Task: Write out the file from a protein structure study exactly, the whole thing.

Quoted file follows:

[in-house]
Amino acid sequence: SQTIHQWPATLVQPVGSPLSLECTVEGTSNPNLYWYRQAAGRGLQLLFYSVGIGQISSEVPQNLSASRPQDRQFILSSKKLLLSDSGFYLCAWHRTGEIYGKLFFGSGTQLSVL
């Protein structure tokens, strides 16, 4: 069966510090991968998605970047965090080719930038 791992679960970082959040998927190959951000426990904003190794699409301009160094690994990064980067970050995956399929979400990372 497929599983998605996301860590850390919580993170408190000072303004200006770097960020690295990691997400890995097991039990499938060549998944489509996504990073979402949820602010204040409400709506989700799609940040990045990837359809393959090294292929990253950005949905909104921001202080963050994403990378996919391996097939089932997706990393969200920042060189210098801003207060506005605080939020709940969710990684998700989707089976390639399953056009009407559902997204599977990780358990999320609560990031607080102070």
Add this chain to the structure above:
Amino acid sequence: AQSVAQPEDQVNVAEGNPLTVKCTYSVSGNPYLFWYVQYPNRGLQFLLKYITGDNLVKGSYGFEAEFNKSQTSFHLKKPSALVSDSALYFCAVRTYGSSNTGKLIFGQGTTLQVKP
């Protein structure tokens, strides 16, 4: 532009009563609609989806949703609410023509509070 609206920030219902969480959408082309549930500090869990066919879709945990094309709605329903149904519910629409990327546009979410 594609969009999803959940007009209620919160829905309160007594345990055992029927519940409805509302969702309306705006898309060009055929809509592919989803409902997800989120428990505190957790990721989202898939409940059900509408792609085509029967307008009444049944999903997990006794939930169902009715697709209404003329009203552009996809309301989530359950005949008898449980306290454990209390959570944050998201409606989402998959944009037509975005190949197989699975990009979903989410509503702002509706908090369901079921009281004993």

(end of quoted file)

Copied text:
[in-house]
Amino acid sequence: SQTIHQWPATLVQPVGSPLSLECTVEGTSNPNLYWYRQAAGRGLQLLFYSVGIGQISSEVPQNLSASRPQDRQFILSSKKLLLSDSGFYLCAWHRTGEIYGKLFFGSGTQLSVL
């Protein structure tokens, strides 16, 4: 069966510090991968998605970047965090080719930038 791992679960970082959040998927190959951000426990904003190794699409301009160094690994990064980067970050995956399929979400990372 497929599983998605996301860590850390919580993170408190000072303004200006770097960020690295990691997400890995097991039990499938060549998944489509996504990073979402949820602010204040409400709506989700799609940040990045990837359809393959090294292929990253950005949905909104921001202080963050994403990378996919391996097939089932997706990393969200920042060189210098801003207060506005605080939020709940969710990684998700989707089976390639399953056009009407559902997204599977990780358990999320609560990031607080102070």
Add this chain to the structure above:
Amino acid sequence: AQSVAQPEDQVNVAEGNPLTVKCTYSVSGNPYLFWYVQYPNRGLQFLLKYITGDNLVKGSYGFEAEFNKSQTSFHLKKPSALVSDSALYFCAVRTYGSSNTGKLIFGQGTTLQVKP
């Protein structure tokens, strides 16, 4: 532009009563609609989806949703609410023509509070 609206920030219902969480959408082309549930500090869990066919879709945990094309709605329903149904519910629409990327546009979410 594609969009999803959940007009209620919160829905309160007594345990055992029927519940409805509302969702309306705006898309060009055929809509592919989803409902997800989120428990505190957790990721989202898939409940059900509408792609085509029967307008009444049944999903997990006794939930169902009715697709209404003329009203552009996809309301989530359950005949008898449980306290454990209390959570944050998201409606989402998959944009037509975005190949197989699975990009979903989410509503702002509706908090369901079921009281004993």